By Randall Osborne
West Coast Editor
Despite unhappy news from animal testing with high doses of its oral p38 MAP kinase inhibitor VX-745 ¿ news that is causing Vertex Pharmaceuticals Inc. to suspend Phase II development of the rheumatoid arthritis drug ¿ the company said it¿s confident about second-generation compounds and will march ahead with them.
Vertex¿s stock (NASDAQ:VRTX) closed Monday at $17.74, down $5.73, or 24.4 percent.
¿This is somewhat of a development setback, but we think we¿ve lost a year or less in terms of getting a product to market in [the oral p38 MAP kinase] area,¿ said Michael Partridge, associate director of corporate communications for Cambridge, Mass.-based Vertex.
VX-745 showed proof of principle that correlated the inhibition of p38 MAP kinase with anti-inflammatory effects but, at the same time, in animal studies the drug also apparently crossed the blood-brain barrier, making its way into the central nervous system.
Partridge declined to describe the unfavorable effects on animals, but said the ¿chemically distinct¿ second-generation compounds already have been shown in pharmacokinetic studies not to cross the barrier.
The blood levels that caused CNS effects in animals given high-dose VX-745 measured about 10 times those obtained in human clinical trials so far, and no neurological side effects from VX-745 have arisen in clinical trials.
Still, Vertex is playing it safe.
¿This was a cautious and prudent decision, made in the interests of patients,¿ Partridge said. ¿It was also a commercial decision, based on the kind of data we¿ll need to generate on VX-745 in order to continue to develop it in RA.¿
Telling BioWorld Today there is ¿a case to be made for continued development on a different timetable in RA,¿ Partridge said it would take too long ¿ especially given that the second-generation compounds, or another drug entirely, might be developed quicker.
¿We don¿t just try and bring one compound into development, but look at multiple candidates representing different drug scaffolds,¿ he said. When you¿re leading in an area, we¿re able to recover quickly and bring another compound into clinical development. We still feel like we¿re in a very strong position.¿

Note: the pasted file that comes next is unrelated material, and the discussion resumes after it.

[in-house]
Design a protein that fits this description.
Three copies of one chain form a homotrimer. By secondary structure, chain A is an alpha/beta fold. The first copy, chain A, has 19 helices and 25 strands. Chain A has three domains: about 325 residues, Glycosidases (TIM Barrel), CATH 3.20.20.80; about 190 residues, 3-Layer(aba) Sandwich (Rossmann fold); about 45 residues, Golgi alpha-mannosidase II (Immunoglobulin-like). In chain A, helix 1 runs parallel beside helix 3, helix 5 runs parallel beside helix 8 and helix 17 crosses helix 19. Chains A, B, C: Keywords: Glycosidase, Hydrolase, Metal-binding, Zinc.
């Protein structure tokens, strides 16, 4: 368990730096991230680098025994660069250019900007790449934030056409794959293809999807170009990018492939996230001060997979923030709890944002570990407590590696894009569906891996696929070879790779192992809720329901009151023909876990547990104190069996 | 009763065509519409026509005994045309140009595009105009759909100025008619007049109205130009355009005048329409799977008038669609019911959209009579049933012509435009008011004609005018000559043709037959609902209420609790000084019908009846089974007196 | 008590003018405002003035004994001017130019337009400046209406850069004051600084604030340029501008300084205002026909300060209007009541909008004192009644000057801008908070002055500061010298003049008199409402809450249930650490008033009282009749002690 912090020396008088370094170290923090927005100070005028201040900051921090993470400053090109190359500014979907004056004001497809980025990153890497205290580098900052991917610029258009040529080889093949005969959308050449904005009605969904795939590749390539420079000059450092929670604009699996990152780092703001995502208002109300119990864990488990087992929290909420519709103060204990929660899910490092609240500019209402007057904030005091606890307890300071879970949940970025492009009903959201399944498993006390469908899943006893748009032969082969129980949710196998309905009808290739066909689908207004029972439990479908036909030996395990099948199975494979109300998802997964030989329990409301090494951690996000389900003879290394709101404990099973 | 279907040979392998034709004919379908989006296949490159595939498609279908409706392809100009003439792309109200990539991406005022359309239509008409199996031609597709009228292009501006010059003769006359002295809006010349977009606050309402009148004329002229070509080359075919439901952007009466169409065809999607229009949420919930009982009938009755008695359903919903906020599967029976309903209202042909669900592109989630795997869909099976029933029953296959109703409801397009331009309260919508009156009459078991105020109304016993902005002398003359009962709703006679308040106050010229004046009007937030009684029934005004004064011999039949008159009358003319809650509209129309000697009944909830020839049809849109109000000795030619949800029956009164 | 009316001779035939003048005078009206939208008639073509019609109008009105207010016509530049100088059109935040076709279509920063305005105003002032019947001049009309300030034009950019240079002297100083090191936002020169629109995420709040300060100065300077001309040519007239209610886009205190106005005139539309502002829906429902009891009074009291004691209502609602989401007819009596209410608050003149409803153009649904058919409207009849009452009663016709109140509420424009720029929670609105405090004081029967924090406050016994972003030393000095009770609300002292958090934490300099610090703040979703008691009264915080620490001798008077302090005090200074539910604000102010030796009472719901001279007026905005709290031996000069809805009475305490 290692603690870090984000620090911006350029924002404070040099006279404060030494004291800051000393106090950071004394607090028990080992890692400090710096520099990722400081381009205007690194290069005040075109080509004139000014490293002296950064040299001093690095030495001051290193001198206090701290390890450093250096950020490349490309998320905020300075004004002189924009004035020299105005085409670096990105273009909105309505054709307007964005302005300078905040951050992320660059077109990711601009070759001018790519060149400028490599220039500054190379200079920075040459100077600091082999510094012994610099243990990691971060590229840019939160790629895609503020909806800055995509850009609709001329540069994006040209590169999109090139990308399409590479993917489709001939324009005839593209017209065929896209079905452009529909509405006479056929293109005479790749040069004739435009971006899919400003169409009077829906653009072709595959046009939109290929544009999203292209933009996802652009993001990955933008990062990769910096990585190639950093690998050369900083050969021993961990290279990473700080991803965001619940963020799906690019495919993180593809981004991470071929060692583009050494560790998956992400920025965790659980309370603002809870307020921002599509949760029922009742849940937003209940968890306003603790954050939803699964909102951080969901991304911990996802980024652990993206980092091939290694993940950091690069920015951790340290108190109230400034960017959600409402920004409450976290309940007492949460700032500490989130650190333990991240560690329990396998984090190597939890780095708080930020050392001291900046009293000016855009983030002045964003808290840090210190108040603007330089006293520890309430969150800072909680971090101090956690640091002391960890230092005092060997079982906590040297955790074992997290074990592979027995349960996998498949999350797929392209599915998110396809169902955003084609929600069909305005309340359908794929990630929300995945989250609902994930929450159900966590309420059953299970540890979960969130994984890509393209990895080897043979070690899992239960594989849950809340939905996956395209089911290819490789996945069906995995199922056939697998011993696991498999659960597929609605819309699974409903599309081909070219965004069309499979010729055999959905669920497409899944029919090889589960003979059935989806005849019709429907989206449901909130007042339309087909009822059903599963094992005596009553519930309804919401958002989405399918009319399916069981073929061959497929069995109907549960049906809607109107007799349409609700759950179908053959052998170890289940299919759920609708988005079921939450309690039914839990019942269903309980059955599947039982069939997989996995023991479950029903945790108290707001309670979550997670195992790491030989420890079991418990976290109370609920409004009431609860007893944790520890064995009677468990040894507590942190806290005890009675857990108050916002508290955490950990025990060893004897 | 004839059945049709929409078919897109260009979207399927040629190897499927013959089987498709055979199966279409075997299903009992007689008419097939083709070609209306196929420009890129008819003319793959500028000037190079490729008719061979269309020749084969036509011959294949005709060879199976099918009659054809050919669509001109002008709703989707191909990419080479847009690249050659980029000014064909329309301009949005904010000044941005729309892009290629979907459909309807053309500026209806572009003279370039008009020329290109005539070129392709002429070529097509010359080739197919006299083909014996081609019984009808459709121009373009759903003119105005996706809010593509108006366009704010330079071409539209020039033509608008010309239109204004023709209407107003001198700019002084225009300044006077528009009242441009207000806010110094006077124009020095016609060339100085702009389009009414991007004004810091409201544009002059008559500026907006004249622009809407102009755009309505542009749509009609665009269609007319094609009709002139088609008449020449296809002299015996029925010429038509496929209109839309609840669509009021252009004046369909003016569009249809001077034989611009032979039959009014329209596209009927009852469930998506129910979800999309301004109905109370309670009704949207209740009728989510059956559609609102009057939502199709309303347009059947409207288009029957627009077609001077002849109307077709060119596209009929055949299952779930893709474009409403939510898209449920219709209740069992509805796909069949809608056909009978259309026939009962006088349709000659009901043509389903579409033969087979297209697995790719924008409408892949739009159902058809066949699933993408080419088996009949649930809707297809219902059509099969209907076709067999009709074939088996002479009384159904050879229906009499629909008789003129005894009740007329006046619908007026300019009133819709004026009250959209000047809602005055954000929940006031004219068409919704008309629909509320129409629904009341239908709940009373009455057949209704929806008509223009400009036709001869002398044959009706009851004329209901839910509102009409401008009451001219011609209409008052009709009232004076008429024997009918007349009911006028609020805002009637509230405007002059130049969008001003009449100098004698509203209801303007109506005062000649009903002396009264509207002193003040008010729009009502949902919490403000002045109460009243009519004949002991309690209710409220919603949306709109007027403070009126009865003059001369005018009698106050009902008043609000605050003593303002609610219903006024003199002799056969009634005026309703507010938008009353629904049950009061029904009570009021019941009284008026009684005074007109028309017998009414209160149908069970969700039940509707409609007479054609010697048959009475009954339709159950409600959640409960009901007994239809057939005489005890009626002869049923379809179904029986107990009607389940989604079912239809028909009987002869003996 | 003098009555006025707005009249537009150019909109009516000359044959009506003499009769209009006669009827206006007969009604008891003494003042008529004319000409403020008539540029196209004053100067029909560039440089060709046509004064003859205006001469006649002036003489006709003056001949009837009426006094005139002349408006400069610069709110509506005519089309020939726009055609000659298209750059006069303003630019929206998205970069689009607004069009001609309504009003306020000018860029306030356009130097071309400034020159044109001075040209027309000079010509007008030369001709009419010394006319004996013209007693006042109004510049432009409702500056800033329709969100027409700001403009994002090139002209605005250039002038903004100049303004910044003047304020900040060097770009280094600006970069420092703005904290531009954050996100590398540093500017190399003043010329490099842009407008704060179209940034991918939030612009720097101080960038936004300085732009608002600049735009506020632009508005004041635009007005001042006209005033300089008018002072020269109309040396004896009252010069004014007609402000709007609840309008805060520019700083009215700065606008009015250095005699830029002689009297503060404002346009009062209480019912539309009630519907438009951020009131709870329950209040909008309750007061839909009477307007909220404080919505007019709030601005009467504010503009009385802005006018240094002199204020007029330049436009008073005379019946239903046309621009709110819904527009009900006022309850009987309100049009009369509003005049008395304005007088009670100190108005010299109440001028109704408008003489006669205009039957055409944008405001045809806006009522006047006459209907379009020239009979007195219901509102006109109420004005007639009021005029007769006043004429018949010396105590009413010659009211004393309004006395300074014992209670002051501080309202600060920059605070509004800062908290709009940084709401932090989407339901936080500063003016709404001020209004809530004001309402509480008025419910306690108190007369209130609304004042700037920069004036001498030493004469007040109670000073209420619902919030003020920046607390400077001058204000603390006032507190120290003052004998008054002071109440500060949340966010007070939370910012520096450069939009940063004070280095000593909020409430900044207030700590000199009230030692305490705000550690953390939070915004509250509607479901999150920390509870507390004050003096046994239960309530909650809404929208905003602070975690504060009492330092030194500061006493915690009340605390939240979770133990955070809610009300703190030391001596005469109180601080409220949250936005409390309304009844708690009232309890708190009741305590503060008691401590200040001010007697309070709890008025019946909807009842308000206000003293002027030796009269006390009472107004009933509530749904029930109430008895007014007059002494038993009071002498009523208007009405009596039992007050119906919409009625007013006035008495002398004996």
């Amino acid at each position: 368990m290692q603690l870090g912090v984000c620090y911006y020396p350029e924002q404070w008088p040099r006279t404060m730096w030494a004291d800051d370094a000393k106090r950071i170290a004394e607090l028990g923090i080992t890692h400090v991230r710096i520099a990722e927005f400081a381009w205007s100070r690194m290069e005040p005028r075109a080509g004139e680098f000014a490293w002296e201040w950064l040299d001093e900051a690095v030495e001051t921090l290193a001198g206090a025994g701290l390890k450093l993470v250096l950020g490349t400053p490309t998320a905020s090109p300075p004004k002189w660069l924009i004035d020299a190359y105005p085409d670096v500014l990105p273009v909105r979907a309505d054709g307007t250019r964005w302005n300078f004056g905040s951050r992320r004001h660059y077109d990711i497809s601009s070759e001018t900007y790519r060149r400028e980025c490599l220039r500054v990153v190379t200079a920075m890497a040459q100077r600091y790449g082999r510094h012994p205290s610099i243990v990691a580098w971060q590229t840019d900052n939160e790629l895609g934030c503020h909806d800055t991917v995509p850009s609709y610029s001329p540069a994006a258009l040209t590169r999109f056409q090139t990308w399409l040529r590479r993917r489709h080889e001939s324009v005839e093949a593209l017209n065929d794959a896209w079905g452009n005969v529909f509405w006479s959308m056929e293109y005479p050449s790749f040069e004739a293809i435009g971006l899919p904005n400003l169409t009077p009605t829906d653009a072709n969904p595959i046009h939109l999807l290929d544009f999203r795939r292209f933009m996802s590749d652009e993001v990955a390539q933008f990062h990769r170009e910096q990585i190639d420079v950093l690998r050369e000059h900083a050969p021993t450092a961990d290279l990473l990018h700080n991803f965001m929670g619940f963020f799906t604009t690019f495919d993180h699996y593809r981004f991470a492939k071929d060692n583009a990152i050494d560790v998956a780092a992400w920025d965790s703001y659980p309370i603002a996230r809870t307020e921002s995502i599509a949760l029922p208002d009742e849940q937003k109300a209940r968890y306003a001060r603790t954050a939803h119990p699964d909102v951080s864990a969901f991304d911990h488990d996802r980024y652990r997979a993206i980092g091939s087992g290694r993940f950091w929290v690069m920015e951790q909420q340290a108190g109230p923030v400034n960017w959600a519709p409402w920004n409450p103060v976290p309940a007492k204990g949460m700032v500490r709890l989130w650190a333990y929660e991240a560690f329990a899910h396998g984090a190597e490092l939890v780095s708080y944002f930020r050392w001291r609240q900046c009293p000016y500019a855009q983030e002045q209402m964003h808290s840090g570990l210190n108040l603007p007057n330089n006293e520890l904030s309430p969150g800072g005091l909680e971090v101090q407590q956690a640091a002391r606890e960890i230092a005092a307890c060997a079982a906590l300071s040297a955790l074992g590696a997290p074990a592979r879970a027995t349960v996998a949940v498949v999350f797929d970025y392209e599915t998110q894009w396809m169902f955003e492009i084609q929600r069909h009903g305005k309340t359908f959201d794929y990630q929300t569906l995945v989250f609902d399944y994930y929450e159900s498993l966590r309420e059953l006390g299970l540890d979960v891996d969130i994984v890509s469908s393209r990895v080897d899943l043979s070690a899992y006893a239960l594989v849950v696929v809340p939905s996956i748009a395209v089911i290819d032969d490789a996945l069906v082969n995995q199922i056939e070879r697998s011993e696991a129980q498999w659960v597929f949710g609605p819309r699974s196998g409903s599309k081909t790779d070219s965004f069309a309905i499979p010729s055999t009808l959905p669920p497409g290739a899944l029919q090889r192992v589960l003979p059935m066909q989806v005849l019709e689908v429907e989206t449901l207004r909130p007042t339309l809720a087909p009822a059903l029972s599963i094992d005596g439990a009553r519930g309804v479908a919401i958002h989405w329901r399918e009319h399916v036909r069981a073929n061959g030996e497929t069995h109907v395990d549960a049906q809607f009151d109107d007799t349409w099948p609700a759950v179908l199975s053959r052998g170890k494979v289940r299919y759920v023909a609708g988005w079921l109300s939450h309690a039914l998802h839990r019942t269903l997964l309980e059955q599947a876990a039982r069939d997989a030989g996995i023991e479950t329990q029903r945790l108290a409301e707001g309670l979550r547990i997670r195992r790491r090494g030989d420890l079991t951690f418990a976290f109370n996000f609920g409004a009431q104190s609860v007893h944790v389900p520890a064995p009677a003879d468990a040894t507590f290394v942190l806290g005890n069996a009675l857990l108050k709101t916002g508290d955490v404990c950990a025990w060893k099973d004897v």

Vertex is ¿not slamming the door on VX-745, because there is a possibility of doing further development down the road, probably for some other indication,¿ Partridge added.
Meanwhile, the company is moving forward with second-generation drugs VX-702 and VX-850, which are known not to cross the blood-brain barrier, and plans to start clinical studies with one or both in the first half of 2002.
Also next year, Vertex will offer data from its Phase II study of VX-745, which proved the drug well tolerated with no CNS effects at lower doses, and the primary endpoint of ACR 20, an RA scale, response indicated what the company called a ¿significant clinical effect,¿ and that was the point, Partridge said.
¿The results are encouraging, particularly on the clinical activity front,¿ he said. ¿The big question has been, can you achieve some kind of anti-inflammatory effect with an oral p38 MAP kinase inhibitor. Our goal was to be able to evaluate the effect, and we were able to do that.¿
The p38 MAP kinase regulates two inflammation-making cytokines, tumor necrosis factor alpha and interleukin-1, implicated in various inflammatory diseases. Vertex has development and commercial rights in the U.S. and Europe for its p38 MAP kinase inhibitors. Kissei Pharmaceutical Co., of Tokyo, has the rights in Japan and certain Asian countries for VX-745 and VX-702, with an option for VX-850.
Partridge noted that the latest news does not affect last year¿s potential $800 million collaboration with Novartis Pharma AG, of Basel, Switzerland, which was established for discovering kinase inhibitors through chemogenomics. He pointed out that yet another deal with Aventis AG, of Frankfurt, Germany, is for VX-740, an enzyme inhibitor separate from the p38 MAP kinase drugs. VX-740 is in Phase II studies. (See BioWorld Today, May 10, 2000.)
¿We¿ve got multiple bets on the table for RA,¿ Partridge said.